Abstract and Keywords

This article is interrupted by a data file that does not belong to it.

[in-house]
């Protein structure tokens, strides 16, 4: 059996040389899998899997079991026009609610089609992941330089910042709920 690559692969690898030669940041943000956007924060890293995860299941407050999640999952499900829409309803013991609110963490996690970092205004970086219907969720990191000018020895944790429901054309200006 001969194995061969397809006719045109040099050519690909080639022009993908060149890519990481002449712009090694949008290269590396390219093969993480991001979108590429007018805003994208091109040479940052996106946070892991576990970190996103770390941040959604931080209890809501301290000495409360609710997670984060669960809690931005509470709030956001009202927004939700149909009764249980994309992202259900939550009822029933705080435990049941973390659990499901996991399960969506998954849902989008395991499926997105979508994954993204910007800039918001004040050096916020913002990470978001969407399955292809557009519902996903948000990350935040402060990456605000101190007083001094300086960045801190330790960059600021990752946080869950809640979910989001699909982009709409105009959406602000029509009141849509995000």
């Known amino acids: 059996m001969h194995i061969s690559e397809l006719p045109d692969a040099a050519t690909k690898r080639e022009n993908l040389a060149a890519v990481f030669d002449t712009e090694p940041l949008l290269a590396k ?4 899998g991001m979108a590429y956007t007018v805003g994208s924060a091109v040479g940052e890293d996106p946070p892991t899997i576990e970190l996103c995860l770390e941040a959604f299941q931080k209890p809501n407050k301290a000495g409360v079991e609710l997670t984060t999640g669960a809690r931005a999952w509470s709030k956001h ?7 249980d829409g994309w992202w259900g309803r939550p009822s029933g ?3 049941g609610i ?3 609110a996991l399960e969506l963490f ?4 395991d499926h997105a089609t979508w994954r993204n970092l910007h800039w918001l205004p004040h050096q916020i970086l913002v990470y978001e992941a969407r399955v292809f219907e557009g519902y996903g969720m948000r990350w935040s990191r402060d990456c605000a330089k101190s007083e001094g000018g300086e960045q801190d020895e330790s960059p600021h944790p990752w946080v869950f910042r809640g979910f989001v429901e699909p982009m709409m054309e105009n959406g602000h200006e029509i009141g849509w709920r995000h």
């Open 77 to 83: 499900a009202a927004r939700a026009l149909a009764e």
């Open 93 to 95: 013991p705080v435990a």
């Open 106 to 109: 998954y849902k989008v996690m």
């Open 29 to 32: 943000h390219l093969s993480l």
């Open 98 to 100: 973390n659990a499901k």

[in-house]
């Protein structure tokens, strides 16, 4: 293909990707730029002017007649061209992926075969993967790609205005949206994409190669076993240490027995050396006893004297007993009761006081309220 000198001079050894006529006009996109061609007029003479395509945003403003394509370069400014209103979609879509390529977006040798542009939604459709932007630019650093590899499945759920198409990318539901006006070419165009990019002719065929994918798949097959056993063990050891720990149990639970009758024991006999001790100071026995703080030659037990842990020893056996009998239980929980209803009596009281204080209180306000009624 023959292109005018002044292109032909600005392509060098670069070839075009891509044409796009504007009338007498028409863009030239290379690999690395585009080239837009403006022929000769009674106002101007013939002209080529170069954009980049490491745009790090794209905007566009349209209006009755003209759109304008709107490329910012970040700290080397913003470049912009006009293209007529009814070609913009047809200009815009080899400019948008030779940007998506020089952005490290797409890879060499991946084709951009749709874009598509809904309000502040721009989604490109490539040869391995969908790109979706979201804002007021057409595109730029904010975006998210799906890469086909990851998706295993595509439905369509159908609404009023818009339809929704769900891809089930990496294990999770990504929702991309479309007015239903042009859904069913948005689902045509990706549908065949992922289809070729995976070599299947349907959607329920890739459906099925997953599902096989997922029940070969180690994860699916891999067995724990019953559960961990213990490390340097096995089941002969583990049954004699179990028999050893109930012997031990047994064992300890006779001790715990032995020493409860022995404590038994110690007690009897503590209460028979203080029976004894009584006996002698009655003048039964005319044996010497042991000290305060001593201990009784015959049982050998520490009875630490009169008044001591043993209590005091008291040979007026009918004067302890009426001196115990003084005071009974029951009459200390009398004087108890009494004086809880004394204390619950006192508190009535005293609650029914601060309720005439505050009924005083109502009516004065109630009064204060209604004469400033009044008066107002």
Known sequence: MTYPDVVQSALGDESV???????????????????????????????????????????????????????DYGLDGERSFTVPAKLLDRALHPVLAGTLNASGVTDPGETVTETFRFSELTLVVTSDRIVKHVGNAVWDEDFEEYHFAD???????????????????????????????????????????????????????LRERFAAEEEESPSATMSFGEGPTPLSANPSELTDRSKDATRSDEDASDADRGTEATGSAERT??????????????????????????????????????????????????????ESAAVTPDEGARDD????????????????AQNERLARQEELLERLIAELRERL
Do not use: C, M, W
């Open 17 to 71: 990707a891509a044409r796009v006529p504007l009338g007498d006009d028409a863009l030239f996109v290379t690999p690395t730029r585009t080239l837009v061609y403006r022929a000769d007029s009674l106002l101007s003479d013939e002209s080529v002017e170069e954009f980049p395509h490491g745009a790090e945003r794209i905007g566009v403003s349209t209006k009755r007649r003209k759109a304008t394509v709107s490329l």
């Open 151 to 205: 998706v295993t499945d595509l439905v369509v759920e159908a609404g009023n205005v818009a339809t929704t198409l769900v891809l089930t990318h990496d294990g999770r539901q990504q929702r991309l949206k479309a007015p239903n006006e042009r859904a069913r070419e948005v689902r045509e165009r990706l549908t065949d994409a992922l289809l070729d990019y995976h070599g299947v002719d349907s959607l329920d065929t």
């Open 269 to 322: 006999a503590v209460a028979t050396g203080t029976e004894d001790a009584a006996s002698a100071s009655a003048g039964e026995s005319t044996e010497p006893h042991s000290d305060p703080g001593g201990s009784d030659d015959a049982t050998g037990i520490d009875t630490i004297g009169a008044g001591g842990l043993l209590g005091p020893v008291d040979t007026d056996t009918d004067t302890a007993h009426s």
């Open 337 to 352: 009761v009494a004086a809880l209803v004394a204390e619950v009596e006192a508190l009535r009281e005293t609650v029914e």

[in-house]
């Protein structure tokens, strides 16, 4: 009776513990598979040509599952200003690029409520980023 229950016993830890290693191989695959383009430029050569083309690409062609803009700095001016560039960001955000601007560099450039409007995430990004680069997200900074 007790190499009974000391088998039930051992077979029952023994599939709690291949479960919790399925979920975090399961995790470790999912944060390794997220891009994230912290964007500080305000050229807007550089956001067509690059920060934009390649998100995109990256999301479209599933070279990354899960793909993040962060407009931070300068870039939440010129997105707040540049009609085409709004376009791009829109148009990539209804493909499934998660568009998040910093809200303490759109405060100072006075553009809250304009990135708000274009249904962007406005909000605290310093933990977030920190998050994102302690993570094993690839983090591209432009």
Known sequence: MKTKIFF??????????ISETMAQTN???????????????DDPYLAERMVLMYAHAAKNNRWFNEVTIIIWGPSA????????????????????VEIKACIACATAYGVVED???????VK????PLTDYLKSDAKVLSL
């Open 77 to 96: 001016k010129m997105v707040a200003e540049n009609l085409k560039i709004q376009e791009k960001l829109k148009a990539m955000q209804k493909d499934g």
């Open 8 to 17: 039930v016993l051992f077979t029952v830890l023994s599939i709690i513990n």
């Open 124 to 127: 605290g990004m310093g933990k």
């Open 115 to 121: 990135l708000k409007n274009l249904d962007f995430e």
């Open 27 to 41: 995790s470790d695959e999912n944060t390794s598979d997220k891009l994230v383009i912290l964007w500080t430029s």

This chapter addresses the wide range of folk art and crafts related to the study of those who make, use, and find meaning in the handmade object in America. The definitions of folk, popular, visionary, outsider, and fine arts have long been challenged and reassessed by scholarly and public communities, communities that sometimes but not always overlap. Debates have raged over the boundaries between art and craft, the viability of the handmade traditional object in the digital, postmodern age, and the discernible distinctive aesthetic characteristics of this body of American expressive culture. This chapter presents a flexible, interdisciplinary perspective on defining folk art and craft in America. It also offers avenues for folk art and craft scholarship such as relationships of aging, human rights, migration, sexuality and gender, and health to the study of folk artists and their communities, and encourages building on the legacy of material culture scholarship from the collections and research of museums and governmental agencies in addition to higher education institutions.
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